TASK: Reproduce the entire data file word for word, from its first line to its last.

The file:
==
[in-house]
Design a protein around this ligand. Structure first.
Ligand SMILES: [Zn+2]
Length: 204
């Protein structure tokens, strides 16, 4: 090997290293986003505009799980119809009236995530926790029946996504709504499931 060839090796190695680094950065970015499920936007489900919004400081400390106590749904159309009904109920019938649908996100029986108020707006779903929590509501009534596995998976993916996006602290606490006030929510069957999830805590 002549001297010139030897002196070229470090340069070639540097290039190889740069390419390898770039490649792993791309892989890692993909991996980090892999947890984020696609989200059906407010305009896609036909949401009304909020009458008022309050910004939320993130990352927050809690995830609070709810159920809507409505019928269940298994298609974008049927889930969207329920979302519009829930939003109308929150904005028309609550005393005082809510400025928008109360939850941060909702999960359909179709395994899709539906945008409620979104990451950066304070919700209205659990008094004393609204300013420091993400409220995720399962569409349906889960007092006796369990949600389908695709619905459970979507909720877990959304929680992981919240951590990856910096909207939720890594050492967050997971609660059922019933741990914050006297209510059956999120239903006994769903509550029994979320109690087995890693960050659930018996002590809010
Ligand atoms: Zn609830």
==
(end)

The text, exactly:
[in-house]
Design a protein around this ligand. Structure first.
Ligand SMILES: [Zn+2]
Length: 204
């Protein structure tokens, strides 16, 4: 090997290293986003505009799980119809009236995530926790029946996504709504499931 060839090796190695680094950065970015499920936007489900919004400081400390106590749904159309009904109920019938649908996100029986108020707006779903929590509501009534596995998976993916996006602290606490006030929510069957999830805590 002549001297010139030897002196070229470090340069070639540097290039190889740069390419390898770039490649792993791309892989890692993909991996980090892999947890984020696609989200059906407010305009896609036909949401009304909020009458008022309050910004939320993130990352927050809690995830609070709810159920809507409505019928269940298994298609974008049927889930969207329920979302519009829930939003109308929150904005028309609550005393005082809510400025928008109360939850941060909702999960359909179709395994899709539906945008409620979104990451950066304070919700209205659990008094004393609204300013420091993400409220995720399962569409349906889960007092006796369990949600389908695709619905459970979507909720877990959304929680992981919240951590990856910096909207939720890594050492967050997971609660059922019933741990914050006297209510059956999120239903006994769903509550029994979320109690087995890693960050659930018996002590809010
Ligand atoms: Zn609830």